While the Obama-era changes to the DOL overtime rule had been on life support for some time, a recent court ruling officially euthanized the controversial changes. That means HR pros can officially scrub the $47,476 salary threshold from their collective memories.
And, for the time-being, they can also forget about a flood of newly overtime-eligible employees.
In the recent ruling, a federal court just effectively said the DOL overstepped and set the salary threshold so high that it had effectively made employees’ duties, functions and tasks irrelevant.
And the agency didn’t actually have the authority under the FLSA to do that, the court added.
Finally, the court said the DOL’s OT provision that automatically escalated the salary threshold every three years was also unlawful.
How we got here
With all of the changes, revisions and drama surrounding the OT rule, it’s understandable if you don’t even remember how we got here in the first place. It all started last summer. As HR Morning reported, twenty-one states joined in a federal lawsuit that charges the Obama administration with overstepping its authority in rewriting the rules, which raise the overtime salary threshold from $23, 600 to $47,500 per year. The suit claims the change will place an undue burden on state budgets.
Then, after the states’ suit was filed, a similar suit was filed by the U.S. Chamber of Commerce and other business groups. Both lawsuits were filed in the U.S. District Court for the Eastern District of Texas.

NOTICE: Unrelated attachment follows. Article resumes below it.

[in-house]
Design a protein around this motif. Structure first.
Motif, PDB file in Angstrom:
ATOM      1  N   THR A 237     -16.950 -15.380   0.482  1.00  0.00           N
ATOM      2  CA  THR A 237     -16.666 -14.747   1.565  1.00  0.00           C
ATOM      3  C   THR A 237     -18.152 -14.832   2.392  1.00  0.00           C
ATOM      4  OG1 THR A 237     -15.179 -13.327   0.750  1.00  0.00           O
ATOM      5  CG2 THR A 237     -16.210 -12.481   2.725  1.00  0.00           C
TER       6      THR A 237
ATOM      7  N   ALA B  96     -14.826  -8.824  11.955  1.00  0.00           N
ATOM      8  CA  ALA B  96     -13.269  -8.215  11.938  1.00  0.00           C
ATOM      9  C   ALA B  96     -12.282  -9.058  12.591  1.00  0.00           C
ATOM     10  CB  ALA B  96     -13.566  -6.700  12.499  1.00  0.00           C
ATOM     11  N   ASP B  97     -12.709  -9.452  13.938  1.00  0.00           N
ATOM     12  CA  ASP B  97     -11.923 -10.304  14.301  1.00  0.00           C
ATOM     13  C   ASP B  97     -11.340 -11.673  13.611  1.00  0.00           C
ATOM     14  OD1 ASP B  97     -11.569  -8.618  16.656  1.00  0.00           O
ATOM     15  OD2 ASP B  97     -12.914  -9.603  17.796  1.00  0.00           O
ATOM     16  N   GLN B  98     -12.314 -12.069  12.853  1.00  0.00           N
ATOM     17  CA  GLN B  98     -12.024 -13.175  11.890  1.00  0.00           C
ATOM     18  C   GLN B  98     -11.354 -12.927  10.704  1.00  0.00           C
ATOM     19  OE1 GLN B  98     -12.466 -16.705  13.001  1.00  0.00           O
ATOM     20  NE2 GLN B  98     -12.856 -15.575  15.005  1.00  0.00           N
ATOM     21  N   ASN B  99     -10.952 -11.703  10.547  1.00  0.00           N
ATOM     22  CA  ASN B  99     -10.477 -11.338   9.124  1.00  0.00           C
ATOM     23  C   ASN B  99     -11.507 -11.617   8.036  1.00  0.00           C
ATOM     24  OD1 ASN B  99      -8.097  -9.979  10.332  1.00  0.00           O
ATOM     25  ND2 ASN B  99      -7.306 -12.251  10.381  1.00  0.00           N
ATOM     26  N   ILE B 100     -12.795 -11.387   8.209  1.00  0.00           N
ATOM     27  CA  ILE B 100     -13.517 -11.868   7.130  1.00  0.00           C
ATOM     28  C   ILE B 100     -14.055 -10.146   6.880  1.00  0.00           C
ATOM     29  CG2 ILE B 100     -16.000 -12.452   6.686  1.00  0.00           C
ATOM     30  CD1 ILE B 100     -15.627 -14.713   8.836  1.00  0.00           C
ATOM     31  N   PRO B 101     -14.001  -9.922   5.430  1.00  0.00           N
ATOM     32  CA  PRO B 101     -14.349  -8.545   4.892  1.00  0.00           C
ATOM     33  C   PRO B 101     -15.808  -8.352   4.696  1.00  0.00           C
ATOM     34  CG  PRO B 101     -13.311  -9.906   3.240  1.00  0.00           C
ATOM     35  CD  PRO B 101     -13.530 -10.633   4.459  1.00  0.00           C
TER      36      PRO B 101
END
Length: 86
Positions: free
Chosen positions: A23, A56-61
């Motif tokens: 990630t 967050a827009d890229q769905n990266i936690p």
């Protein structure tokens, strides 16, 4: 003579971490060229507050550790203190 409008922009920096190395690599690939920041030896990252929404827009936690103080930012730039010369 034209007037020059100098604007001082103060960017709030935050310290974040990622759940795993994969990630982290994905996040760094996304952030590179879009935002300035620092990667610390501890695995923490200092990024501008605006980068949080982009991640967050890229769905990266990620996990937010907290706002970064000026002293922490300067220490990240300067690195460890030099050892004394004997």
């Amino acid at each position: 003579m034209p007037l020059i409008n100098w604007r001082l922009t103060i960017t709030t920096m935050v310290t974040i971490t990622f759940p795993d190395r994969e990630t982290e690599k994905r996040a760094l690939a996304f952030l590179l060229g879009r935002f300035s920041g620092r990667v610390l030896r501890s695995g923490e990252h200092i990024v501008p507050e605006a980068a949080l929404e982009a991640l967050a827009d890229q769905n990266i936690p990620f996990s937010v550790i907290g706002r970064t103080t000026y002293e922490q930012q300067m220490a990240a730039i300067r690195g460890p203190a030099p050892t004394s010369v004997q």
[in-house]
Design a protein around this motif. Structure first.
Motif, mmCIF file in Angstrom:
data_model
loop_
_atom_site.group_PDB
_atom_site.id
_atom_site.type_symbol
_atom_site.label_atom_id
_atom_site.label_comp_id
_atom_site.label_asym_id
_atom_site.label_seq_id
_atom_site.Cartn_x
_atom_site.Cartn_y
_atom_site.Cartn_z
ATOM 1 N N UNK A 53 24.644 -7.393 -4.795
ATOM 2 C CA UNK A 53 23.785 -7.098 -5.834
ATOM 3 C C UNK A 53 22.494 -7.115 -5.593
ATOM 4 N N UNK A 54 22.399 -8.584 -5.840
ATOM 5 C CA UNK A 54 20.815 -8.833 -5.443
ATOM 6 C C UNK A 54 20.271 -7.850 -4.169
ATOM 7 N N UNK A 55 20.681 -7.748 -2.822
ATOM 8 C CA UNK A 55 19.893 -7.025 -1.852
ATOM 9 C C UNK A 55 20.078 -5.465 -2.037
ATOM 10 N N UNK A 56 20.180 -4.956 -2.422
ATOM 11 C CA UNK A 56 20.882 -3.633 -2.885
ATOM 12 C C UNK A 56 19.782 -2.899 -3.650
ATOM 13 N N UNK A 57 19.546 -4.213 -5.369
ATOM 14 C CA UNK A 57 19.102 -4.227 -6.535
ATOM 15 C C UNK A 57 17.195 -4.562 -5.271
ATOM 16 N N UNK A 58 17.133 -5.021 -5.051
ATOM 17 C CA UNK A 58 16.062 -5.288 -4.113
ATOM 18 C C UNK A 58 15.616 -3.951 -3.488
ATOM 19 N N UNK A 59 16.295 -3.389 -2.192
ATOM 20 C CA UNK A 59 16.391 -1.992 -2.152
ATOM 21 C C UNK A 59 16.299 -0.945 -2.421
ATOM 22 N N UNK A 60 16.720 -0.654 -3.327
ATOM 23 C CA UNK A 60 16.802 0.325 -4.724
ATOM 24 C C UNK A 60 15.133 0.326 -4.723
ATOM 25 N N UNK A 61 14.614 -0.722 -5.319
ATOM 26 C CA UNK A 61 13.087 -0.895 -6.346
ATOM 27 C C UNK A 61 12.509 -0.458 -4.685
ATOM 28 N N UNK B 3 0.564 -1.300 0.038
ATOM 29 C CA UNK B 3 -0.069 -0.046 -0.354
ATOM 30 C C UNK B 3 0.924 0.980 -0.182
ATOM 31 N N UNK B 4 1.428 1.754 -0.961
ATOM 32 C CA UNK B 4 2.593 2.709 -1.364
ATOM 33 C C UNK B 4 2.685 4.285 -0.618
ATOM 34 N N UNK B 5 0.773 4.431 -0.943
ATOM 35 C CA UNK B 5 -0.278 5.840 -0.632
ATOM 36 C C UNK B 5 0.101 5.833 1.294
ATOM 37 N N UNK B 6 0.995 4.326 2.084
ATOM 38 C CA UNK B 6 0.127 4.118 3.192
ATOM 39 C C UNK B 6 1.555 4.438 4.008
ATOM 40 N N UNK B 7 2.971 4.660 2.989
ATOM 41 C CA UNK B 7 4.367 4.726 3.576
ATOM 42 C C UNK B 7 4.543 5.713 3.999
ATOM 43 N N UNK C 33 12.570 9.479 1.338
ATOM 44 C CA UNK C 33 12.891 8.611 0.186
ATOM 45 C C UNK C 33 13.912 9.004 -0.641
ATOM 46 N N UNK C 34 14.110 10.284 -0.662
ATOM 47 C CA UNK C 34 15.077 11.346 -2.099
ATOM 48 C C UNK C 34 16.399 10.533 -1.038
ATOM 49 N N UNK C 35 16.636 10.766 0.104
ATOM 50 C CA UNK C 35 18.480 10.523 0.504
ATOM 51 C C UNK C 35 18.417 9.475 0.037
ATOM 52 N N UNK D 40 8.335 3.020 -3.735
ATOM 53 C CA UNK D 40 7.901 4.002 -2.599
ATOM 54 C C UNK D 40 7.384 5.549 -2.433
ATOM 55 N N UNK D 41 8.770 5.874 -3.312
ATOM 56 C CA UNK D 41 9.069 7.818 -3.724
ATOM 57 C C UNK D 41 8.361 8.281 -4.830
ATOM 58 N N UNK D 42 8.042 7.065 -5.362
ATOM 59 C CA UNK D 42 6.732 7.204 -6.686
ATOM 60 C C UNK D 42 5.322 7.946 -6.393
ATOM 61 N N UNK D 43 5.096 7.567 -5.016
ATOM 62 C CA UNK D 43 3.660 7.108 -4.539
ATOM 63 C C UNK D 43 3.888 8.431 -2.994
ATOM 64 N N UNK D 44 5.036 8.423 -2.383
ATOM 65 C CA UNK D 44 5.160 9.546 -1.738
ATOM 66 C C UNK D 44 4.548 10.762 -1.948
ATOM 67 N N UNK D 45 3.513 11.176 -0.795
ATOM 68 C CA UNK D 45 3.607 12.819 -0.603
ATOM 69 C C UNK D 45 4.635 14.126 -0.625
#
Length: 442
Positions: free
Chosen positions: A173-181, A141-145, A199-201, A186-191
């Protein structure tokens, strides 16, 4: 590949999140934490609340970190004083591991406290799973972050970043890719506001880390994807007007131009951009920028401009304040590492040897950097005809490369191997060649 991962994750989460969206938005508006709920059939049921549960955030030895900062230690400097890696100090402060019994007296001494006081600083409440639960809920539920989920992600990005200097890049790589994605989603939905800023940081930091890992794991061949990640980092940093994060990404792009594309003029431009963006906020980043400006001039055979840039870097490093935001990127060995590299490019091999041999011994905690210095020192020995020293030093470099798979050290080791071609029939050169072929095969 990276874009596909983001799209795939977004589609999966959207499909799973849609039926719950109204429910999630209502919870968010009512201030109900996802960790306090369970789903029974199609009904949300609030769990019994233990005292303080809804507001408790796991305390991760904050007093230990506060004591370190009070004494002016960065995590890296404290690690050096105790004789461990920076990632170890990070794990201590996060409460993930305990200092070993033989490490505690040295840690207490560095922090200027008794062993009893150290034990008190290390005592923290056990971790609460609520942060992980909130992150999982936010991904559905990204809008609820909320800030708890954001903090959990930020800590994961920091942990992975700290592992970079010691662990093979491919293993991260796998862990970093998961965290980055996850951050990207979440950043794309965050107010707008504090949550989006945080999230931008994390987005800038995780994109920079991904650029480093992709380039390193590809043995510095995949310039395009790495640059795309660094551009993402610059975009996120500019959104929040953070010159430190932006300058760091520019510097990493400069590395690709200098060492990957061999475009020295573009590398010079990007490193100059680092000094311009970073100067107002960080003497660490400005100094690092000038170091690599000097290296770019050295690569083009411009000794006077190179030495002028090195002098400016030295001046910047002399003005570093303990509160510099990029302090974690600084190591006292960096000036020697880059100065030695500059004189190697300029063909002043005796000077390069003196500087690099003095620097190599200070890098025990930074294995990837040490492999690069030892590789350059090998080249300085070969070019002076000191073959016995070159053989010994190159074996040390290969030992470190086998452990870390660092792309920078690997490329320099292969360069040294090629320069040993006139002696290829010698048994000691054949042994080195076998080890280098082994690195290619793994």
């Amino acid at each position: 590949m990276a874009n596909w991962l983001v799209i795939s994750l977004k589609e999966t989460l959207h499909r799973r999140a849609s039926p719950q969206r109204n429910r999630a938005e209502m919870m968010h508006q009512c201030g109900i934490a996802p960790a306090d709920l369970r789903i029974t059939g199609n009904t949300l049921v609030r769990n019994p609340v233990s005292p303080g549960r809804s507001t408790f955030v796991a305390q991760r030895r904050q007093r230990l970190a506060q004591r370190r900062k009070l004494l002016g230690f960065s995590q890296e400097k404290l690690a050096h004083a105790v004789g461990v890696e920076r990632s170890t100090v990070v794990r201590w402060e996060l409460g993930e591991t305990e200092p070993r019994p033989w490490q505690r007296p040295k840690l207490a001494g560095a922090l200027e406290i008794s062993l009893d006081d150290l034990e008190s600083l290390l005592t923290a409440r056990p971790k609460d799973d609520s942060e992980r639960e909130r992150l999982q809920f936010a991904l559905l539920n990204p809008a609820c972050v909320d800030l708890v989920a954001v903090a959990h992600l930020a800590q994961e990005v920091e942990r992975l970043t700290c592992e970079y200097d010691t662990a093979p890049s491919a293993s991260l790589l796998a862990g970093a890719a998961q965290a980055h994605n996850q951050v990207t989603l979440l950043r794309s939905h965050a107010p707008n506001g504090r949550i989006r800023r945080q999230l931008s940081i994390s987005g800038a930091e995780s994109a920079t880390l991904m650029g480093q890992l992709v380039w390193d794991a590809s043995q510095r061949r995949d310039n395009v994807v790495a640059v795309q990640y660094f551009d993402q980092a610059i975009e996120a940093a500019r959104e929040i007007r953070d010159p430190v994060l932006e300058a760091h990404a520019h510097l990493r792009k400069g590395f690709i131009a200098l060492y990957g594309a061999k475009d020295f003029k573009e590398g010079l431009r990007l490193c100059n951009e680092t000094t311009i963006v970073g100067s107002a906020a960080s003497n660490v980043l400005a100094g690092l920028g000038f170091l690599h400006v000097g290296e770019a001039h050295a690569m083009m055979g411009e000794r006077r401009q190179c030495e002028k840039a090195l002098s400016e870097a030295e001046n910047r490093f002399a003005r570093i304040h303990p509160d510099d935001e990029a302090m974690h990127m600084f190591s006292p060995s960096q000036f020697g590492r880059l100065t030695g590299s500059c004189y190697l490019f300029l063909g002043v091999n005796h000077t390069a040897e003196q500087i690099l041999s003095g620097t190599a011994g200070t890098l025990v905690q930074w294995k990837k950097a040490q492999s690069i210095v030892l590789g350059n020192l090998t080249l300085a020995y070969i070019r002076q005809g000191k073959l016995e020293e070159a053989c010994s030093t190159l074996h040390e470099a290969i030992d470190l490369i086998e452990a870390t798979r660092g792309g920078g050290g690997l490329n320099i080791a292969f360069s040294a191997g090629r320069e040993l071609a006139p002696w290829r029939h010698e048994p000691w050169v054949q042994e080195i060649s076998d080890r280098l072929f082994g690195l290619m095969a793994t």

After the lawsuits were filed, Judge Amos L. Mazzant, III, of the U.S. District Court for the Eastern District of Texas, issued a temporary injunction, which essentially halted the implementation of the DOL rule.
In issuing the injunction, Mazzant said the DOL had an uphill battle to climb in order to prove it had the statutory authority to issue such a rule.
Mazzant ruled the DOL exceeded its authority by raising the overtime salary limit so significantly (from $23,660 to $47,476). He said the DOL’s rule changes, essentially, made the exemption test a one-factor test based on salary alone. He said the changes basically eliminated the duties test, and he said the DOL must examine the duties of employees to determine who falls within the FLSA’s overtime exemption.
By issuing the injunction, Mazzant signaled that the lawsuit against the DOL had a significant chance of succeeding.
Of course, now the lawsuit has succeeded and the overtime rule change drama has been put to a rest — for the time being.
What happens now
With the OT rule employers had been prepping for effectively dead, can firms go back to operating as if the current 2004 version of the FLSA is the law of the land? For the time being they can.
However, the DOL is already requesting info to draft a new proposed rule. And while it’s safe to assume the DOL won’t try to double the minimum salary threshold, a more modest increase — $33,000 has been tossed around frequently — will likely be on the table.
In addition, the agency is taking a closer look at the duties tests — something that had generally been pushed to the back burner with the Obama-era OT changes.
Bottom-line: Don’t get too comfortable with the current OT exemptions; changes are likely coming soon.